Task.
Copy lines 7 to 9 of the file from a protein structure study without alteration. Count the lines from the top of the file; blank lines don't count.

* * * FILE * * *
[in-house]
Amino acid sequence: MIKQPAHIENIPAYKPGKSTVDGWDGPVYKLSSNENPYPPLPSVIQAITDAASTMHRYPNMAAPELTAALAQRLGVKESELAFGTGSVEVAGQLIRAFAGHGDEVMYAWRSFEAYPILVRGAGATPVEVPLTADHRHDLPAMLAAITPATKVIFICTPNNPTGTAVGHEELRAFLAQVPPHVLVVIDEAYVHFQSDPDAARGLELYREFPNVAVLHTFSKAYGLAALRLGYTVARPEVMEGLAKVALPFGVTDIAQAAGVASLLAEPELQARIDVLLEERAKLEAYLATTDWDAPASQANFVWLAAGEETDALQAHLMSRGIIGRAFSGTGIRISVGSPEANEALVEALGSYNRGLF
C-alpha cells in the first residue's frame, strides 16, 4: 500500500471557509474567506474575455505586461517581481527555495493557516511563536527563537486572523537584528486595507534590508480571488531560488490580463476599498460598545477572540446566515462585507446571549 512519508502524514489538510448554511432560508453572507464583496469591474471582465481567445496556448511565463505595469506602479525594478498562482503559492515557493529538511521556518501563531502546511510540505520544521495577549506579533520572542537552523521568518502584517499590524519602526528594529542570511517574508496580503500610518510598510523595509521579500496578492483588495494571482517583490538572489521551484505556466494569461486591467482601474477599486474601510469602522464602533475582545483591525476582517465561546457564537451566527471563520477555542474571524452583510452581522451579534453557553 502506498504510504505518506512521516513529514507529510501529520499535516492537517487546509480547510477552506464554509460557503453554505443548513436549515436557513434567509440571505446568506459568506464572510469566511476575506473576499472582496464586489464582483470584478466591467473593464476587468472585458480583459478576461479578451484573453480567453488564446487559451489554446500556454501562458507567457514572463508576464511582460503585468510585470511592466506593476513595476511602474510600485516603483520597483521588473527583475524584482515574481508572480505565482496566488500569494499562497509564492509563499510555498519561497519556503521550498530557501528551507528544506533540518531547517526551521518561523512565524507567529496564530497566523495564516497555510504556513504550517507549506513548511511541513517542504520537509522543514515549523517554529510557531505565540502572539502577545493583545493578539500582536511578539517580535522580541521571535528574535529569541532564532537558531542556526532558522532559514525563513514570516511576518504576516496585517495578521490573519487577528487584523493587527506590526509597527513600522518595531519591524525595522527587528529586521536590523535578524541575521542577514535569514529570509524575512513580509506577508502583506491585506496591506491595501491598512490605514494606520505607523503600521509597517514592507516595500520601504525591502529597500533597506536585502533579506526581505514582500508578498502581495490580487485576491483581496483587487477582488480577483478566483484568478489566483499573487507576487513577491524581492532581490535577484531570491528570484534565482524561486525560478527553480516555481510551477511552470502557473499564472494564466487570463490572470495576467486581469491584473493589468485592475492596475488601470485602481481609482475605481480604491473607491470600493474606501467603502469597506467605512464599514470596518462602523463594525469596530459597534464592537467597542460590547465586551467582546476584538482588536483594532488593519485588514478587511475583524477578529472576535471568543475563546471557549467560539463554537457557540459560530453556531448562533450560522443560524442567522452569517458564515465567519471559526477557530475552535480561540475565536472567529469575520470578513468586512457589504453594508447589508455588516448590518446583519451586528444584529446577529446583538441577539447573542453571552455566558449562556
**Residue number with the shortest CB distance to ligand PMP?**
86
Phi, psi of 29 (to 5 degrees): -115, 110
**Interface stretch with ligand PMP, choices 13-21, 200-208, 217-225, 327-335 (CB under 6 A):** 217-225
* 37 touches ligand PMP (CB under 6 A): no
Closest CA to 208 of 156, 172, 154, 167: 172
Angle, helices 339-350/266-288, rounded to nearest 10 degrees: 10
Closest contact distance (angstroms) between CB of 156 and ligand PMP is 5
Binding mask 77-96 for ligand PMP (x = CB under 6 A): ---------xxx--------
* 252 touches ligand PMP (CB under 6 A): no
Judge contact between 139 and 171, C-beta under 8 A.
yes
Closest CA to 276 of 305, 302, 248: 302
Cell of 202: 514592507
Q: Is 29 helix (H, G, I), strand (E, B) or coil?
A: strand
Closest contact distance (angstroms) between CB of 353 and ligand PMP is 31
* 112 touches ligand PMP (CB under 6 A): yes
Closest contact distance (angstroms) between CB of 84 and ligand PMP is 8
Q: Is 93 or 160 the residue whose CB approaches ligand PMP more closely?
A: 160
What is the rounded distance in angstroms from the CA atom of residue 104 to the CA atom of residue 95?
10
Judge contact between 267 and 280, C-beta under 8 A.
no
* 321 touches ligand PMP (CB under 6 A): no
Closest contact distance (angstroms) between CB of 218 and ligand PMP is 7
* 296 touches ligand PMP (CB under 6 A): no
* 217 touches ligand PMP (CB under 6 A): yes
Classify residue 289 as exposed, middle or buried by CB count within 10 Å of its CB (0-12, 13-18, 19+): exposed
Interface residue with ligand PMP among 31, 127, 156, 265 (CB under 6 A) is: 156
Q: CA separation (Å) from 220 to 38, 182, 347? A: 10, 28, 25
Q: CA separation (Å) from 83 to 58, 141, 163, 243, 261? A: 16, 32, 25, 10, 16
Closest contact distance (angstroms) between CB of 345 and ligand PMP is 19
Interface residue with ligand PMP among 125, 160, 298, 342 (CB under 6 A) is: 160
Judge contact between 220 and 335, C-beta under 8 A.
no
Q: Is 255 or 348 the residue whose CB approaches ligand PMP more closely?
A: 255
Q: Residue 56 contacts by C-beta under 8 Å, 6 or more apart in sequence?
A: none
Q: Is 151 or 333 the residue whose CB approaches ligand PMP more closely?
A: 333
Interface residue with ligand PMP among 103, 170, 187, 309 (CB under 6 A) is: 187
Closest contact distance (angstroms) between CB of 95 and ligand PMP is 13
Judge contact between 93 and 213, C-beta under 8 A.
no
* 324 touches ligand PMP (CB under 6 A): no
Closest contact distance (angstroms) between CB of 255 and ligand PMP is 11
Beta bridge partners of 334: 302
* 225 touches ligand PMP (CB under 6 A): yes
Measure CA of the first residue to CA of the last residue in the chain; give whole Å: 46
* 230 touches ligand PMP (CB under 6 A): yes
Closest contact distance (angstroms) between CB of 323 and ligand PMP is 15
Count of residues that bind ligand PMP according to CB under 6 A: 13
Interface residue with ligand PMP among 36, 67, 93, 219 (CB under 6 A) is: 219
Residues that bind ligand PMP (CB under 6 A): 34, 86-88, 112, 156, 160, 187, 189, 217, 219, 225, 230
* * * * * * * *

**Interface stretch with ligand PMP, choices 13-21, 200-208, 217-225, 327-335 (CB under 6 A):** 217-225
* 37 touches ligand PMP (CB under 6 A): no
Closest CA to 208 of 156, 172, 154, 167: 172